Photograph by Stephen Salpukas/William & Mary

Posting a photo of your hybrid car on your Facebook page? Must be a liberal. A selfie at a country music concert? Probably a conservative.

These kinds of snap judgments, justified or not, are the subject of a new book by Jaime Settle, ’07, Frenemies: How Social Media Polarizes America.

“Using Facebook makes it very easy to send signals about your political views, even if you don’t think you’re talking about politics,” said Settle, an assistant professor of government at the College of William & Mary. “Our society is so divided that cultural references like that align with political identities.”

Settle arrived at her area of expertise, political behavior on social media, after collaborating on a project with Facebook’s data science team while working on her doctorate at the University of California, San Diego. In Frenemies, she presents evidence that people often politically stereotype others — especially those they don’t know very well, or even at all — based on the non-political content they share.

“On the Facebook feed, you’re able to be a fly on the wall and you’re able to observe the interactions that other people have in a way that’s just not possible in face-to-face communication,” Settle said. “And if you disagree with them, you’re likely to think they’re using biased sources.”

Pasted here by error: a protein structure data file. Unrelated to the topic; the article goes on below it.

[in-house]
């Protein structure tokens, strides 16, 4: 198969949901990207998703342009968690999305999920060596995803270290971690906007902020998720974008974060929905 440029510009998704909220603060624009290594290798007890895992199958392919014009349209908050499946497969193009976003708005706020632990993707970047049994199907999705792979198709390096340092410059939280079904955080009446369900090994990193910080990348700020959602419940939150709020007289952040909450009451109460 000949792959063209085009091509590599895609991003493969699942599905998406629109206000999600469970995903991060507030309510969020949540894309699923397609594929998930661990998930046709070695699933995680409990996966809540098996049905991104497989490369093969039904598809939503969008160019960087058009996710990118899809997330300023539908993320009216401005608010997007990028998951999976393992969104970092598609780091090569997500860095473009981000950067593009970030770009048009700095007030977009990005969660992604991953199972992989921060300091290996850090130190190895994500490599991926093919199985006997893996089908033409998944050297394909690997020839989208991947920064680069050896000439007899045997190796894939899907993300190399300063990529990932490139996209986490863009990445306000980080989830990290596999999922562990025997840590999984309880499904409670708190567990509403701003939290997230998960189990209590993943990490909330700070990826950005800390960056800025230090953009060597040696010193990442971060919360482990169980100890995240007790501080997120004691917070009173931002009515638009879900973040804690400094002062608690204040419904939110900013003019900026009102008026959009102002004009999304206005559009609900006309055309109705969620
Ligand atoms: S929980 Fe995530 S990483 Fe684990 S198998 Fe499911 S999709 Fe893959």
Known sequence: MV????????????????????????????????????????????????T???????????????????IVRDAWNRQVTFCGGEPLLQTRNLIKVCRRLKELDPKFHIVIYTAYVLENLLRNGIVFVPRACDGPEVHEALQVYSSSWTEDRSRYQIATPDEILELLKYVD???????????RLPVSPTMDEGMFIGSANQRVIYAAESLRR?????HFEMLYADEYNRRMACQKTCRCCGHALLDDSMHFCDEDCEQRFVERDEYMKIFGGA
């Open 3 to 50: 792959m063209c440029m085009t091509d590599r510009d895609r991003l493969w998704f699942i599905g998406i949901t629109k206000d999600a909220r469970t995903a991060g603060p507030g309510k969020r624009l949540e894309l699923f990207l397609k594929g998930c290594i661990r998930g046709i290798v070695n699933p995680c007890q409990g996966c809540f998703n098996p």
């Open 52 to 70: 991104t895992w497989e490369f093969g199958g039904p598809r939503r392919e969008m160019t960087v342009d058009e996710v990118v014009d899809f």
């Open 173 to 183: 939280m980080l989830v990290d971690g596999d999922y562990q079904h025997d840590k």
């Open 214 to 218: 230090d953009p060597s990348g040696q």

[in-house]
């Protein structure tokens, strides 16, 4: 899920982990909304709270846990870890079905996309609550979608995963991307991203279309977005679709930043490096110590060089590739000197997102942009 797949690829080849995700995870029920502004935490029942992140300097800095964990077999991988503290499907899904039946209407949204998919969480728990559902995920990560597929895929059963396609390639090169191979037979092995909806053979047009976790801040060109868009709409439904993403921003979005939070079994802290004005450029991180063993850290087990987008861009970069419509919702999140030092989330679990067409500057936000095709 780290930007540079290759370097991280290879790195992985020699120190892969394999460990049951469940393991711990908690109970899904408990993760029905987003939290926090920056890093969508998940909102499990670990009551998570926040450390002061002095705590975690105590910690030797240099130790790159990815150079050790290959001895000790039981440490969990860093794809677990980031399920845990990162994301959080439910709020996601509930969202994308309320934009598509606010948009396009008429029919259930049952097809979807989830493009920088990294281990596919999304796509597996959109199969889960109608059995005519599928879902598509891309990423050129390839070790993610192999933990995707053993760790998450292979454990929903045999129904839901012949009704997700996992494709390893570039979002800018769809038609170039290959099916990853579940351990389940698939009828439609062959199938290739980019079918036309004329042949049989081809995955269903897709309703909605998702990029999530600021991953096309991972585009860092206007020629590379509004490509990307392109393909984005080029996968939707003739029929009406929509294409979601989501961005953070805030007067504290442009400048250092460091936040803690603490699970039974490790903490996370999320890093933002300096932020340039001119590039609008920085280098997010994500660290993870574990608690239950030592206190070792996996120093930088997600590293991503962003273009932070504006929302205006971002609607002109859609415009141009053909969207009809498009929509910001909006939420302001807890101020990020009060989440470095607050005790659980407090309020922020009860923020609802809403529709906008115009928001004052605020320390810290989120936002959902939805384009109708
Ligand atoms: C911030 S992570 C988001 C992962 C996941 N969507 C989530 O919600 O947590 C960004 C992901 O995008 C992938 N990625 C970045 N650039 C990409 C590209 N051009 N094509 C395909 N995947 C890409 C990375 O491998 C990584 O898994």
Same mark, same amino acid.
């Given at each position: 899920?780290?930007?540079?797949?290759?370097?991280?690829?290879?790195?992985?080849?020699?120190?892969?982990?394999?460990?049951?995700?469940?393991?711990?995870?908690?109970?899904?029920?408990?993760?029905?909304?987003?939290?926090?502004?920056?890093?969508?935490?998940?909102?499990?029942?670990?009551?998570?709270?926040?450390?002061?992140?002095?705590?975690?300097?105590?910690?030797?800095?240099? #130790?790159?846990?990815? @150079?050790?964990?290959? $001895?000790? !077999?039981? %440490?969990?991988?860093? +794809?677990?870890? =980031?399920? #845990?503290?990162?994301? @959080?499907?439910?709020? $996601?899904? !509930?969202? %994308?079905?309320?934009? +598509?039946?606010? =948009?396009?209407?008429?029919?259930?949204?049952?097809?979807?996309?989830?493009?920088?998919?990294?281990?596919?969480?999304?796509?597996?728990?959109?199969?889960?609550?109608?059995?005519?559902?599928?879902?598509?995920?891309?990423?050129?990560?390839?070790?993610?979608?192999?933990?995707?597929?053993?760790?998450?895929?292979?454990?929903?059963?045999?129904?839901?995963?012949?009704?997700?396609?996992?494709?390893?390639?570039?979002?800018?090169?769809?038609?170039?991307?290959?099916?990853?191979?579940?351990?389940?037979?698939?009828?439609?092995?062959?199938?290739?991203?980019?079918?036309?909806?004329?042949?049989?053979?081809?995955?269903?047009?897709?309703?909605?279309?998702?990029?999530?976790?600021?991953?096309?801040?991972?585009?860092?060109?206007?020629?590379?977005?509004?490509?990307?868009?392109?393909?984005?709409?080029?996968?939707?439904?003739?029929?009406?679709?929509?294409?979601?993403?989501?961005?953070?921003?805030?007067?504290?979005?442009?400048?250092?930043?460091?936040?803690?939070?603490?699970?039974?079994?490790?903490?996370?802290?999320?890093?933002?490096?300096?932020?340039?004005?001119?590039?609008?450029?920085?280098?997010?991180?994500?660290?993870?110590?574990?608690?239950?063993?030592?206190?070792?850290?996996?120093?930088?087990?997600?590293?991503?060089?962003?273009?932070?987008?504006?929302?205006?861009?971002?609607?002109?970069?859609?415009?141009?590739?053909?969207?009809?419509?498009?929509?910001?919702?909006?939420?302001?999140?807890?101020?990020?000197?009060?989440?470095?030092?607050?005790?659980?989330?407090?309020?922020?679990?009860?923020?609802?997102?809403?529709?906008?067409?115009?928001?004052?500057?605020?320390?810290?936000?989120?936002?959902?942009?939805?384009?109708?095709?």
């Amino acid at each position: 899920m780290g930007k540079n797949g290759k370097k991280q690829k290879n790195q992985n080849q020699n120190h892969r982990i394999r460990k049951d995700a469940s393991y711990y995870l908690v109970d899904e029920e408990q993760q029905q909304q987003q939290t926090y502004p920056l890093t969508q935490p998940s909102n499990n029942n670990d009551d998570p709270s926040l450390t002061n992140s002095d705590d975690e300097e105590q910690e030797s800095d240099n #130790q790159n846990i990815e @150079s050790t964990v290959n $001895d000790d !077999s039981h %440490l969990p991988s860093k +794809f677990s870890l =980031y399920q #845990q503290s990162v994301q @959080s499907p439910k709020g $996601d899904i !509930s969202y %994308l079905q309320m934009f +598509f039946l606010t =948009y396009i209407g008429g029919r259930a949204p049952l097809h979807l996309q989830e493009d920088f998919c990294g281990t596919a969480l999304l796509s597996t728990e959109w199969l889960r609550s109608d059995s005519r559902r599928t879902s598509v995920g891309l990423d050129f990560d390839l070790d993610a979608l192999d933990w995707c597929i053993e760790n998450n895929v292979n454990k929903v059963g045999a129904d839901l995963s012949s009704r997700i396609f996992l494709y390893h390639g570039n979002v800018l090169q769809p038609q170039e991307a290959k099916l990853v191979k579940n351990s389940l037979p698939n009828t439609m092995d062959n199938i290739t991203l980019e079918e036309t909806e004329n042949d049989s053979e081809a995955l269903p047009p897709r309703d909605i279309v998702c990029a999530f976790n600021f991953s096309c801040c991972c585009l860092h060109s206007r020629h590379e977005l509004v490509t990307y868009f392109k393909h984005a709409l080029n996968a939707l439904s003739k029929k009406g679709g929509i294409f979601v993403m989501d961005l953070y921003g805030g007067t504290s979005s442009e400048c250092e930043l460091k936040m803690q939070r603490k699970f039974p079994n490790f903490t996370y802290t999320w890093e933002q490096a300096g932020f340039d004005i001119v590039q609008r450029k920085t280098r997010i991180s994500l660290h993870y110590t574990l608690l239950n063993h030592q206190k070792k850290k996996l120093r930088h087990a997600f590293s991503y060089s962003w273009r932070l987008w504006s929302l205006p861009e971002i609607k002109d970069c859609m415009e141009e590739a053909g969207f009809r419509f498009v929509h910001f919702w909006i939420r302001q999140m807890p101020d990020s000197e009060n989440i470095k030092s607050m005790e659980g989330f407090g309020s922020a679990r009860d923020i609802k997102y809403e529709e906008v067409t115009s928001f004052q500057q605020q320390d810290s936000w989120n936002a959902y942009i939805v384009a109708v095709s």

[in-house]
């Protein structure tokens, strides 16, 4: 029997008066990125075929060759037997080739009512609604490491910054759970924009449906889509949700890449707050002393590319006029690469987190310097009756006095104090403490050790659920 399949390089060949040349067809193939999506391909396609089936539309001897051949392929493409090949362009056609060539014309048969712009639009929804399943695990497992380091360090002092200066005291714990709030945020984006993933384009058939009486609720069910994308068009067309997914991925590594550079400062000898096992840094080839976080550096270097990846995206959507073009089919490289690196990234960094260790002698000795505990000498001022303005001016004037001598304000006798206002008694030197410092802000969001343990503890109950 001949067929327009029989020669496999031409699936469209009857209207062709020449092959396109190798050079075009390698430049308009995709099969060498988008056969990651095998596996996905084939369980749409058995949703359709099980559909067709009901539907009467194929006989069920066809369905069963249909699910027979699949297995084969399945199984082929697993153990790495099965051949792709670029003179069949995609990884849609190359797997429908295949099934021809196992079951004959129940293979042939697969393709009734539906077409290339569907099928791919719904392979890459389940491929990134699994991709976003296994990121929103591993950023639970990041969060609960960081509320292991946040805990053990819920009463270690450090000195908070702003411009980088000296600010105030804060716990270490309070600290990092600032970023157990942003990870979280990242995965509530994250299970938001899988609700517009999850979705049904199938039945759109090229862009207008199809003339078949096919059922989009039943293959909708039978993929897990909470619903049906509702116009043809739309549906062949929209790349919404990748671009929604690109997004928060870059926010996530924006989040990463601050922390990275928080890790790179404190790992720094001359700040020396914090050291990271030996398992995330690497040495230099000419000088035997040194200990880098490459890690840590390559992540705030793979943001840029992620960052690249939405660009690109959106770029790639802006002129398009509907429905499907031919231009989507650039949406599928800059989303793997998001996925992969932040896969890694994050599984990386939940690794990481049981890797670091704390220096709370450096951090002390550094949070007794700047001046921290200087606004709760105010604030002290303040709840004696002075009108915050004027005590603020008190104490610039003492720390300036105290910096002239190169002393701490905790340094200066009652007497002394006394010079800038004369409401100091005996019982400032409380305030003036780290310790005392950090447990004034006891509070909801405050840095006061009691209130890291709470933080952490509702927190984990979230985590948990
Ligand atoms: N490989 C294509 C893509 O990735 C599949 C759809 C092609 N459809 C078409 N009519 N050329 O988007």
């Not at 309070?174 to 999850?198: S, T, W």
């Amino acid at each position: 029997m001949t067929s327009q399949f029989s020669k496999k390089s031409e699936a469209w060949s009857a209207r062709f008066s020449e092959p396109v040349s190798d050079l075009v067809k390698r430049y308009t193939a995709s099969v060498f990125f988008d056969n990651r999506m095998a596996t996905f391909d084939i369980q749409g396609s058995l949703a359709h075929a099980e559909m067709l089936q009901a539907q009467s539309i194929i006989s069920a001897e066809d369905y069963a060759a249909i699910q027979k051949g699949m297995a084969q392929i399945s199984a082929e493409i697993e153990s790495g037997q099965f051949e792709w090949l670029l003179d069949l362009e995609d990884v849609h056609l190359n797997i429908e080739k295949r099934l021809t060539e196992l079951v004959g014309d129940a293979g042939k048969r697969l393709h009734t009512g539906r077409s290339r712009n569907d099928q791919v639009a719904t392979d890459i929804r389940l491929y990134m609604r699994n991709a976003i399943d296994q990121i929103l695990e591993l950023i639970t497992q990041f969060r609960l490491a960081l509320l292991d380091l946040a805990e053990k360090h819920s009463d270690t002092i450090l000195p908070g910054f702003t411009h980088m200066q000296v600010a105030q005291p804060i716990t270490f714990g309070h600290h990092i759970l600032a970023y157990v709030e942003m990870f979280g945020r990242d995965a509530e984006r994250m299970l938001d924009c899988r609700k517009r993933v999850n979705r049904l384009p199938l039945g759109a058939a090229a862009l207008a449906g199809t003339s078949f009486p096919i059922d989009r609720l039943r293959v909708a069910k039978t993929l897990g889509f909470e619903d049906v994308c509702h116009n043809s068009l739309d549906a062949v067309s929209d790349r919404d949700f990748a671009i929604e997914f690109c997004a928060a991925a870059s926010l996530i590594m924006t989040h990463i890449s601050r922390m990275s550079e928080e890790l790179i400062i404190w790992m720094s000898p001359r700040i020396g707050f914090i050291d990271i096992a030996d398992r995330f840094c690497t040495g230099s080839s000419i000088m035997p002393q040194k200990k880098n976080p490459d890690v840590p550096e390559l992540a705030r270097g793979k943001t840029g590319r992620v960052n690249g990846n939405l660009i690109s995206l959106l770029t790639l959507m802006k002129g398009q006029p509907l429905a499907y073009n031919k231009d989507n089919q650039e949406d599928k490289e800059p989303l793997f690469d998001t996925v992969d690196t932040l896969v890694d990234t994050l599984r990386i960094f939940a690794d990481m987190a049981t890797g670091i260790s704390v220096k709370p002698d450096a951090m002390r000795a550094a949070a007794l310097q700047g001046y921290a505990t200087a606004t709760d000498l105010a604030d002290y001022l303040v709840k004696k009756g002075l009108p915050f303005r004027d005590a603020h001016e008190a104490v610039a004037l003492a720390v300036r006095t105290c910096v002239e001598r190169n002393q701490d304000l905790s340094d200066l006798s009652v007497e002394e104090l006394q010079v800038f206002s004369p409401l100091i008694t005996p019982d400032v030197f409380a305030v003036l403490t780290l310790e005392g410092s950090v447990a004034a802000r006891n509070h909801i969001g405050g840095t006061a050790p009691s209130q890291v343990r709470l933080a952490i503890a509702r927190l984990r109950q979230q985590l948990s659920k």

Settle’s research is particularly timely in today’s political climate, which has made her an in-demand speaker. She’s presented at universities across the country, given public talks, and even taken her work international.

“I have more senior colleagues in the fields of political communication and psychology who have started using it in their classrooms, who are talking about it, and sort of changing the way we conceptualize social media, and that was a big goal for me,” Settle said. “It’s also really neat to know that it’s not just my fellow academics who are interested, but also public audiences.”

Even more significant to Settle, the recipient of the 2018 Rising Star Award from the State Council of Higher Education for Virginia (SCHEV), is how her work connects with her students, whose age equips them to comprehend the subject matter. In addition to serving as the co-director of William & Mary’s Social Science Research Methods Center and the founding director of the Social Networks and Political Psychology (SNaPP) Lab, she oversees a research group of 15 undergraduates. Her focus is helping them develop as scholars and involving them in her research to the point that a former student is the co-author of her follow-up book.

An Oldham Scholar at Richmond, Settle has aspired to positively impact others since her earliest days as a Spider. In order to attend an out-of-state college, the Arizona native relied on the merit scholarship, so the generosity of the donors who funded her education — and the desire to emulate their spirit — stuck with her.

“I think more than anything, it imbued me with the sense that I wanted to be a leader, and I wanted to help other people realize their full potential,” she said. “And I was so grateful that these strangers had done that for me and taken the risk for me that I really wanted to find ways to pay it forward.”